Pragmatism For Fun and Profit, but Mostly Profit

Power cut!

Power cut!

Beautiful design is great, but more often than not it doesn’t pay the bills. Pragmatism is one of the things I try to instil in the SEED students. There’s a time for complicated diagrams with lots of lines and boxes, there’s a time to elegantly partition the layers, but there’s also a time to ‘it it wiv an ‘ammer.

I was recently dealing with some simple comms routing. I needed to store information about an address composed of 3 parts;

  • Sector – a byte in storage this identifies the organisation to send the message to.
  • Node – 10 bits denoting the unit to send to, e.g a Fire Station or Fire Appliance (Engine)
  • Port – a byte indicating the application to send to, e.g. the printer

The information that I needed to associate with this address was actually an email address that it translated to. So it’s an obvious tree structure, right? What’s more you can use an XmlSerializer to save and load the relationships – this is important because it needs to be maintained by a human. So let’s look at the XML.

<Sectors>
  <Sector SectorNumber="0">
    <Nodes>
      <Node NodeNumber="0">
        <Ports>
          <Port PortNumber="0">
            <EmailAddresse>postmaster@localhost</EmailAddress>
          </Port>
        </Ports>
      </Node>
    </Nodes>
  </Sector>
</Sectors>

Oh dear, that’s not very good. There could easily be a couple of hundred entries which would mean that the sector you’re editing might not be in view, similarly the node. It’s all a bit untidy really.

Also lookup isn’t simple, you need to do it in 3 stages, find the Sector, then find the Node, then find the Port. So the XML is untidy and the code is untidy. But the design is good, yes?

There’s a better way. I realised that 8 bits + 10 bits + 8 bits is 26 bits and a standard csharp integer is 32 bits. So we can just have one object that has Sector, Node and Port properties but has a "lookup" value that is an int and is made up from the parts of the address.

    [XmlElement]
    public class AddressRelation
    {
        [XmlAttribute]
        public byte Sector { get; set; }
        [XmlAttribute]
        public short Node { get; set; }
        [XmlAttribute]
        public byte Port { get; set; }
        [XmlAttribute]
        public string EmailAddress { get; set; }
        
        //so that we can get a lookup code, for comparison
        public static int GetLookupCode(byte Sector,short Node,byte Port)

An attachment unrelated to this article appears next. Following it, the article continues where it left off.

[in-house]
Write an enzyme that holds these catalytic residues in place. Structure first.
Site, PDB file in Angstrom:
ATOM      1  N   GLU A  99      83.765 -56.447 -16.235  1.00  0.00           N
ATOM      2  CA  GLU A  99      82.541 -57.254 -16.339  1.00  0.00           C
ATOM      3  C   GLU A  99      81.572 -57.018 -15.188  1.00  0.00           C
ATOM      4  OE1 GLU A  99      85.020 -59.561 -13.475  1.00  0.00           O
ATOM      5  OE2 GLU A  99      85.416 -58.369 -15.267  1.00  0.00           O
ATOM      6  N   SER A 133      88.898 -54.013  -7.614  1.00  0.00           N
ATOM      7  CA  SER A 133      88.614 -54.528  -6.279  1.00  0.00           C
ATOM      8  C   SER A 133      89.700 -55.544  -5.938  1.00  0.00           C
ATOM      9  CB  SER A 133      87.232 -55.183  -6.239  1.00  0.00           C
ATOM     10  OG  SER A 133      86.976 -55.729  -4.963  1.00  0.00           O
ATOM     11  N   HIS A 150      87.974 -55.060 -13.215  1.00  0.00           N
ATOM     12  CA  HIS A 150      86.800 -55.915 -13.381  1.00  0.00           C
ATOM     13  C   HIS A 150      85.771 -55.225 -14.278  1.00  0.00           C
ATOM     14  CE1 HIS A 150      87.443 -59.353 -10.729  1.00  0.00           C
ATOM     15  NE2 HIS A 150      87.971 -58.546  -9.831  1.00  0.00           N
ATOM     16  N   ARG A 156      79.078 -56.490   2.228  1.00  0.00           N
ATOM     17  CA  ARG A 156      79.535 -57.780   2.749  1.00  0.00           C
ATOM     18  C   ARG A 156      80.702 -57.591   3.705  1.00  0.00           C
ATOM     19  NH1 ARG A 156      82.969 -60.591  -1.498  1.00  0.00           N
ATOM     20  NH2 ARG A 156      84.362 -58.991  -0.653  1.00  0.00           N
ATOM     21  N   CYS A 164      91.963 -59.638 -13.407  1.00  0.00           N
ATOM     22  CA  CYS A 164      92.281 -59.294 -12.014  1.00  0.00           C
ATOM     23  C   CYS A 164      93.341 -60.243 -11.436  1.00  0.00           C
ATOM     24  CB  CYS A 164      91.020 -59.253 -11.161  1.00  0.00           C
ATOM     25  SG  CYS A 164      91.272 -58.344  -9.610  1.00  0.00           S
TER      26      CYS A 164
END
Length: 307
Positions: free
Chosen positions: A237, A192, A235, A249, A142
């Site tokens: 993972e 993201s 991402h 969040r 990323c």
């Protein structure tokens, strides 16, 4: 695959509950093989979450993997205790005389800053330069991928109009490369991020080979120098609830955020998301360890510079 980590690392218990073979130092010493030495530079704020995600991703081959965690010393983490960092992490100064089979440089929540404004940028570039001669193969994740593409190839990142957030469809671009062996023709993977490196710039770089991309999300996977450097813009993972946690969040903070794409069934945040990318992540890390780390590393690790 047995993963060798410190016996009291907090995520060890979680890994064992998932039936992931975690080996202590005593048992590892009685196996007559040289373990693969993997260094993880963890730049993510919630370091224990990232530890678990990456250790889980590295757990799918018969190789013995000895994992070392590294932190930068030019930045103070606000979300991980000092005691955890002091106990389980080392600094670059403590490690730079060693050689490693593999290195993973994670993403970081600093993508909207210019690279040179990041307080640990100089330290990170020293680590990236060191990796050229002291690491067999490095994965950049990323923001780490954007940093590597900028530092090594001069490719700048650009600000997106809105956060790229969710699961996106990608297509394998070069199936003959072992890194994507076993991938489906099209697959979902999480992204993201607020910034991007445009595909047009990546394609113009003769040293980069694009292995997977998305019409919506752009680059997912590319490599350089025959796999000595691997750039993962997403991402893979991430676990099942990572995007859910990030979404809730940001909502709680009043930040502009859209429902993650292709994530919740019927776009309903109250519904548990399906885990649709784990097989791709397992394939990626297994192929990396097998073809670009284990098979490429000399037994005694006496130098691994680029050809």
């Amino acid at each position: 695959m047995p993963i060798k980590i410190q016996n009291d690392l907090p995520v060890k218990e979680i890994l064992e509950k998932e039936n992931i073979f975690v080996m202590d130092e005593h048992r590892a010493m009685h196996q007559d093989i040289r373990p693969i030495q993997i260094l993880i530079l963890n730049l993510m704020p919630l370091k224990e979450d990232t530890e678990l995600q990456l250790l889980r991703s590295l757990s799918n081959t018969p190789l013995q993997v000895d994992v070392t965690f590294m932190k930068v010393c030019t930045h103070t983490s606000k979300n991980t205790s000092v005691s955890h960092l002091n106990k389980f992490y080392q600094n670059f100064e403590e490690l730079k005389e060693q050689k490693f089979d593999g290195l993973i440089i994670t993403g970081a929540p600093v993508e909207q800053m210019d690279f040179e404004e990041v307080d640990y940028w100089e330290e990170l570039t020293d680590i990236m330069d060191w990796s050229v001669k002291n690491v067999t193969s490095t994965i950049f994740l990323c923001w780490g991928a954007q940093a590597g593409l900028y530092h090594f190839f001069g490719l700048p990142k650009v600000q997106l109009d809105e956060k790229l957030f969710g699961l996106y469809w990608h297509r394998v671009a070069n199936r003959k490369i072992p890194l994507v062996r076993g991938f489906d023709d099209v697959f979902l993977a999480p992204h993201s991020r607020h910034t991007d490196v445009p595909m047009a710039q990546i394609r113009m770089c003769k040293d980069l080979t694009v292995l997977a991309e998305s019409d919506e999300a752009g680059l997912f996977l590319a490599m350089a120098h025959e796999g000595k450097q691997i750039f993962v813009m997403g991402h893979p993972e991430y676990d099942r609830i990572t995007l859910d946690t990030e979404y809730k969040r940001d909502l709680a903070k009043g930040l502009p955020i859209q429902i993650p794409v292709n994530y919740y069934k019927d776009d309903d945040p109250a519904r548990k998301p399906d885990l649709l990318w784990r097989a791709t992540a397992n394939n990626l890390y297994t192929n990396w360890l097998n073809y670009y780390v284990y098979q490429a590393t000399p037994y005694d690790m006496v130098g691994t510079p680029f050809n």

{
            return Sector << 24 | Node << 8 | Port;
        }

        public int GetLookupCode()
        {
            return AddressRelation.GetLookupCode(Sector, Node, Port);
        }
       
        //this makes serialization much easier
        public static AddressRelation CreateFromLookupCode(int LookupCode,string email)
        {
            return new AddressRelation() 
                { Sector = (byte)(LookupCode >> 24), 
                    Node = (short)((LookupCode >> 8) | 0xffff), 
                    Port = (byte)(LookupCode | 0xff) };
        }
    }

That’s great. When we call “GetLookupCode()” we get an int that uniquely represents that address. We can easily compare that with other objects.
Note that I didn’t override GetHashCode() or the equality operator because although the addresses might be the same, the emails may be different.
If you’re wondering what >> and << do then you need to look up bit shifting and bit masking…

They serialize nicely, too.

<AddressRelations>
    <AddressRelarion Sector="0" Node="0" Port="0" EmailAddress="postmaster@localhost0" />
    <AddressRelarion Sector="0" Node="0" Port="1" EmailAddress="postmaster@localhost1" />
    <AddressRelarion Sector="0" Node="0" Port="2" EmailAddress="postmaster@localhost2" />
</AddressRelations>

But how do we use it? Well actually the easiest thing to do is to load it into a dictionary, which should make the uses of some of the extra methods in the data class clearer…

    [Serializable]
    [XmlRoot(Namespace = "www.tomfosdick.com/blogstuff",
     ElementName = "AddressStore",
     IsNullable = true)]
    public class AddressLookup2
    {
        [XmlArray("AddressRelations")]
        public AddressRelation[] AddressRelations
        {
            get
            {
                return addressLookup
                    .Select(x => AddressRelation.CreateFromLookupCode(x.Key, x.Value))
                    .ToArray();
            }
            set
            {
                addressLookup = value
                    .ToDictionary(k => k.GetLookupCode(), v => v.EmailAddress);
            }
        }

        private Dictionary<int, string> addressLookup = new Dictionary<int,string>();

        public string GetAddress(byte sector, short node, byte port)
        {
            string result;
            if(addressLookup.TryGetValue(AddressRelation.GetLookupCode(sector, node, port),out result))
                return result;
            return null;
        }
    }

The advantage of using a Dictionary here and of the way I’ve shuffled the parts of the address into an int means that this will always be serialized in order, Sector most significant then Node then Port. So editing the XML by human hand will be easy – even if one is added out of sequence when the file is next machine written it will be sorted again.

The code is neat, concise and fast. The design is a bit mucky, it’s not clean and elegant but in all other ways – some of which are far more important than the cleanliness of design – this wins.